Over the years, I have gathered some ideas about rehearsal etiquette. I know I have messed some of these up, especially as a young, excitable musician. These ideas apply to every style of music, from orchestra to rock bands. (I have done both) Some of these might seem obvious, but believe me, there are musicians out there pulling all of these stunts.
Just my opinion, as usual…
Things not to do:
1. Avoid the deliberately apathetic attitude I see in some circles. You might think you appear “seasoned” to your cohorts by cultivating a disinterested and jaded vibe, but it won’t impress your employer, and they are the ones paying you. Plus it’s just plain unprofessional.
2. Along these lines, don’t be late! There are some musicians that deliberately show up late to show how cool and nonchalant they are. I’m not going to hire you, nor will anyone who cares about getting things done.
3. Don’t take phone calls and spend a lot of time with texting and email. Same goes for miscellaneous internet/social media stuff.
4. When you make an error, finding a trivial flaw in the chart will not fool anyone.
5. Avoid gossiping and critical talk about other musicians; this makes you look insecure and lowers the dignity of the situation.
6. Try not to be too robotic and literal about charts and material; if something doesn’t match the charts, adapt to it without a lot of fuss. Often things will change, and saying, “that’s not how it’s written” will make you seem inflexible and rigid. If the music has changed, take note of it and move on.
7. Try not to correct the other musicians unless necessary; the leader can handle this. Focus on your own part. Being helpful is different.
8. Unless arrangements have been made, don’t leave early. This is your gig, and it needs your full attention.
9. Try not to ask for constant approval and reassurance from your employer; unless you hear otherwise, assume everything is OK.
10. Avoid getting into the politics of the situation. Many musicians have lost gigs by getting into the middle of things like other people’s pay, gig arrangements, etc. This needs to be discussed privately, not at rehearsal.
11. Don’t “vibe” anybody or act superior. There are plenty of people looking for gigs, and you are not indispensable. I can’t tell you how many rehearsals I have had to endure with musicians who won’t give the time of day to anyone around them. Unless you are a big star, this won’t work out well.
12. Avoid “showing off” and overplaying. Again, only other players of your instrument would care, and they don’t usually hire you.
13. Don’t noodle and make noises between songs and while things are being discussed. If you can turn down your volume and practice, this is OK, but if you play loudly, it will become an annoyance.
14. Don’t get into a contest to see who is cueing intros, endings, etc. This can make you seem pushy and controlling. Usually there is someone in charge of this.
Things to do:
1. BE PREPARED! Again, there are “uber-cool” musicians that think being unprepared and late makes them seem important. The implication is that they are so busy that they don’t have time to prepare. Or worse yet, they feel like homework is “unpaid” and isn’t part of the gig. This is small-time posturing, and only impresses fellow “b-teamers.” The real pros show up polished and ready to perform.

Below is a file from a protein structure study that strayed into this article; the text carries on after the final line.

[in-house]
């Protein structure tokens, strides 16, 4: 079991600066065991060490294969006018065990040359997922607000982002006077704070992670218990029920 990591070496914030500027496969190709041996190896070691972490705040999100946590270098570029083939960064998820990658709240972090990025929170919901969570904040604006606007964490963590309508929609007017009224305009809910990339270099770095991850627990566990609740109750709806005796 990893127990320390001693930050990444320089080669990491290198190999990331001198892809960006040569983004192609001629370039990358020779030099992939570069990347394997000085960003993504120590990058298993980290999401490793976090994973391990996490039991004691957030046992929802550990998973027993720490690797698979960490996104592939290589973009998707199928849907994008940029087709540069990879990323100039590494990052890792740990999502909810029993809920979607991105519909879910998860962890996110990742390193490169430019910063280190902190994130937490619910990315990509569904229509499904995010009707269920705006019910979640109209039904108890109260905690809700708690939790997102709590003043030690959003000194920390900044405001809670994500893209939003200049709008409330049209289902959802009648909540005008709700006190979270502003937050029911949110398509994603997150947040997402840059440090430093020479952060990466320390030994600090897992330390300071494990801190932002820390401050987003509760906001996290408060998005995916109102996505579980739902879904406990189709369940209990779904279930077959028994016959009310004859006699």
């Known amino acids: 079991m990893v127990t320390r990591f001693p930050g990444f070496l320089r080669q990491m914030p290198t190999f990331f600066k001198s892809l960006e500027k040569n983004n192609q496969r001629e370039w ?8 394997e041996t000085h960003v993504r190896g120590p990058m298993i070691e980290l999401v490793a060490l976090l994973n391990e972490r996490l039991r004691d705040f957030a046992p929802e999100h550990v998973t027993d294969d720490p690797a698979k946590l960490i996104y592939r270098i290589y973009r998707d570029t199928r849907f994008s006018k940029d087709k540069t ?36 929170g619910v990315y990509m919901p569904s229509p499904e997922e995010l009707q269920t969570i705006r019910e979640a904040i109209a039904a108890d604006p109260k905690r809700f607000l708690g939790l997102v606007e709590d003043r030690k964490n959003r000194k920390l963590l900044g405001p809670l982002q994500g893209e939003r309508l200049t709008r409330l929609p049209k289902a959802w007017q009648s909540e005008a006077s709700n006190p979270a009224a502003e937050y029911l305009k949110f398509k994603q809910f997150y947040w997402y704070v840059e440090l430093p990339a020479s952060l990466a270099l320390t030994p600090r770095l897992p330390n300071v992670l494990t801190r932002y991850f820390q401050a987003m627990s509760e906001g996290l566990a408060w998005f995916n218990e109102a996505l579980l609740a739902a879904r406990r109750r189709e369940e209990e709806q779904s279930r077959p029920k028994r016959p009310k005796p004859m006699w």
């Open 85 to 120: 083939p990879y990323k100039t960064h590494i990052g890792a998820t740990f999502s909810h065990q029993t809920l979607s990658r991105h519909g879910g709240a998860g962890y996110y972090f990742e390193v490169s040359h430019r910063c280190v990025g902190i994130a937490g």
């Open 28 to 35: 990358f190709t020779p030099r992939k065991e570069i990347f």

2. Be positive and pleasant. This is a professional situation; check all your problems at the door, and devote your full attention to the gig. You will get more work by being laid-back and friendly.
3. Have all your stuff set up for the downbeat. If you are a drummer or keyboard player, this means showing up earlier so you are not scrambling to get ready. We all know that singers and others don’t have the same setup needs… That’s just how it goes.
4. Have a pencil and a music stand light in your gig bag.
5. Get a metronome app for your smartphone, especially a silent, flashing one. Take note of tempos if you are in charge of counting. However, don’t try to correct the leader if they are off the written tempo; just “go with it.”
6. Write things down on the chart or in your notes. You will likely forget them if you don’t. This attention to detail will make life easier for you and the group.
7. Play the part that fits, and leave space. Filling in every possible space with fills will become annoying. Accompany the featured element or soloist. You are not here to impress your fellow musicians.
8. Be helpful, but avoid constant suggestions and opinions; this becomes a disruption. You are part of a team.
9. If there is a tricky part, it is OK to occasionally say “give me a second to look this over.” or “let’s run this part one more time for me.” This doesn’t need to be constant, but once in a while shows a desire to get it right. Doing this a lot might also show ill-preparedness, so be reasonable with this.
10. If someone is difficult or is “vibing” everyone, I suggest acting as if you didn’t even notice. This will keep you from getting involved in those sort of games, and you will “rise above” petty and rude behavior.
11. Ask questions, but avoid being “helpless.” try to figure out what is going on quietly before asking for help.
12. Play at an appropriate volume. There is such a thing as “rehearsal volume.” sometimes at a full run-through, you can crank up, but when learning and discussing the music, avoid blasting. And, by all means don’t get offended if asked to turn down(!)
Rehearsing can be fun, and when everyone takes a positive, can-do attitude, it can be a breeze. Do you have any rehearsal tips? Ever have a rehearsal go wrong? Did you make any “rookie” errors? (I sure did!)